Career is, undoubtedly, an imposing phenomenon in society, which has made a real career due to organisations. Career is an important part of social identity (at least it is in the industrialised nations). Whereas, in the 18th century salvation depended upon a choice between heaven or hell, nowadays no person can escape the question of “What career have you pursued (or not)?
If someone wants to explain who he is, he usually must also explain if and where he pursued his career. Since this has become so significant for social and psychological identity, organisations have also become significant in society – and visa-versa. Therefore, according to Luhmann, one can view career as a decisive coupling mechanism between organisations and people. Making a career means preparing oneself for positions, roles and functions, to apply for them, take them up by choice or have them allocated to you, to retain them and to prepare all over again.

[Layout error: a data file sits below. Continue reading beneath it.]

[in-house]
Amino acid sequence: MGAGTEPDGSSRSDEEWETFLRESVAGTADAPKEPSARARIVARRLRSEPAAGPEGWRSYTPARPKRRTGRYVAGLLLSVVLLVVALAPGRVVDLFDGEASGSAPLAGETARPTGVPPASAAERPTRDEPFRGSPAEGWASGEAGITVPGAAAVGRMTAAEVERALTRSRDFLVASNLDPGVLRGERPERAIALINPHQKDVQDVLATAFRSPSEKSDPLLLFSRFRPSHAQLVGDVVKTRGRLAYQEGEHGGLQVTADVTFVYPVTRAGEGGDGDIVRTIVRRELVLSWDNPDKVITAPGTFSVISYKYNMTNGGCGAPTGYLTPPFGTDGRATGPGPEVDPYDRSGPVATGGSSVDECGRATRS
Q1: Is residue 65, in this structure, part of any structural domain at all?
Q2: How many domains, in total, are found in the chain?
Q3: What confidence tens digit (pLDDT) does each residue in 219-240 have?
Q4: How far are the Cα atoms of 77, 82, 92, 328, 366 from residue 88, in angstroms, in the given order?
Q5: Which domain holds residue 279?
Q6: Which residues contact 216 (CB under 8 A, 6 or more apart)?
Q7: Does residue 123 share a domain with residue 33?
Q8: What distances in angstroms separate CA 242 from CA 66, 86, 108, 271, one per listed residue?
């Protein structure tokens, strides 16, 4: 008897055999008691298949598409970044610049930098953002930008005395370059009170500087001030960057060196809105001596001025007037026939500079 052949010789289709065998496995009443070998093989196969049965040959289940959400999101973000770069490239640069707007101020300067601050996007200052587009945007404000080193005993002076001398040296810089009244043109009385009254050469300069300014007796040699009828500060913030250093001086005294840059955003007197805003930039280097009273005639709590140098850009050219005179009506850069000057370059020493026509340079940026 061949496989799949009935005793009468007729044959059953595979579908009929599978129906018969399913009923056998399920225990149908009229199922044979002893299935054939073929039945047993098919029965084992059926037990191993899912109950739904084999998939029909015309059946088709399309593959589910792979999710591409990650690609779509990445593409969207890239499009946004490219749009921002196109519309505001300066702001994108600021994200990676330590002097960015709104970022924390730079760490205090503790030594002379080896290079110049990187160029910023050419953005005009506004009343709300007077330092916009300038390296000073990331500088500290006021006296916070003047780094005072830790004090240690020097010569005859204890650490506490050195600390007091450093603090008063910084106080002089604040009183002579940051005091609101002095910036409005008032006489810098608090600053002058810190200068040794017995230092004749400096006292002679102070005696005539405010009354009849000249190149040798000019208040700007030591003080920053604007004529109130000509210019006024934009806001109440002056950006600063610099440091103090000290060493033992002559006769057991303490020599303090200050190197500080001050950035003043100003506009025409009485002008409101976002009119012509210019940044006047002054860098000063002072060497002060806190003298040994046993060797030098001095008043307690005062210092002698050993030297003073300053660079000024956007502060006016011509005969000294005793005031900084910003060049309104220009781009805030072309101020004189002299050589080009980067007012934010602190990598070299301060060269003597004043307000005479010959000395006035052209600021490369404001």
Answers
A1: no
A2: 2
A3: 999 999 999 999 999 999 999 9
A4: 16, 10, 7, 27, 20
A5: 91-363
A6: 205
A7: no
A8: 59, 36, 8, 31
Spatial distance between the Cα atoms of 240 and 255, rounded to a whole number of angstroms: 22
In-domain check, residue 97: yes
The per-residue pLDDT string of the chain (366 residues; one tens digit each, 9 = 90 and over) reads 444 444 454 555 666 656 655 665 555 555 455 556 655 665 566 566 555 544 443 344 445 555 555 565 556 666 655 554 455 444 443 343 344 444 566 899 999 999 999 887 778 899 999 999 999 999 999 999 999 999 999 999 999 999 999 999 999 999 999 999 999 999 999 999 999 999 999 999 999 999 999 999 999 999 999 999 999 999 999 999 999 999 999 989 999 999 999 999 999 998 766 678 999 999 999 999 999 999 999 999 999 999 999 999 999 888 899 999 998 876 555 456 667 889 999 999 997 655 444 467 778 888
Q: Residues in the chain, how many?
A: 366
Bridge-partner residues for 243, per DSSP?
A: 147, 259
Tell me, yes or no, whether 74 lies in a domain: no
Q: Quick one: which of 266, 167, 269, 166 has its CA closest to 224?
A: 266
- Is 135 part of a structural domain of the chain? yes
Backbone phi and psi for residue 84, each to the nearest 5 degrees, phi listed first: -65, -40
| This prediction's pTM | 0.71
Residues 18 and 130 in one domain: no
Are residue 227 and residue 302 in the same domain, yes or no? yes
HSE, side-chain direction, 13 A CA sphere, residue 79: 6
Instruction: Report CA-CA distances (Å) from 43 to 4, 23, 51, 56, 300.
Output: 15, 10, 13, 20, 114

In the eyes of people, organisations can score points with their career chances and people always evaluate the events in an organisation by whether they encourage careers, whether they are neutral or whether they inhibit them. Therefore, for the guiding process personnel, all factors connected to the context of ‘career’ are of importance.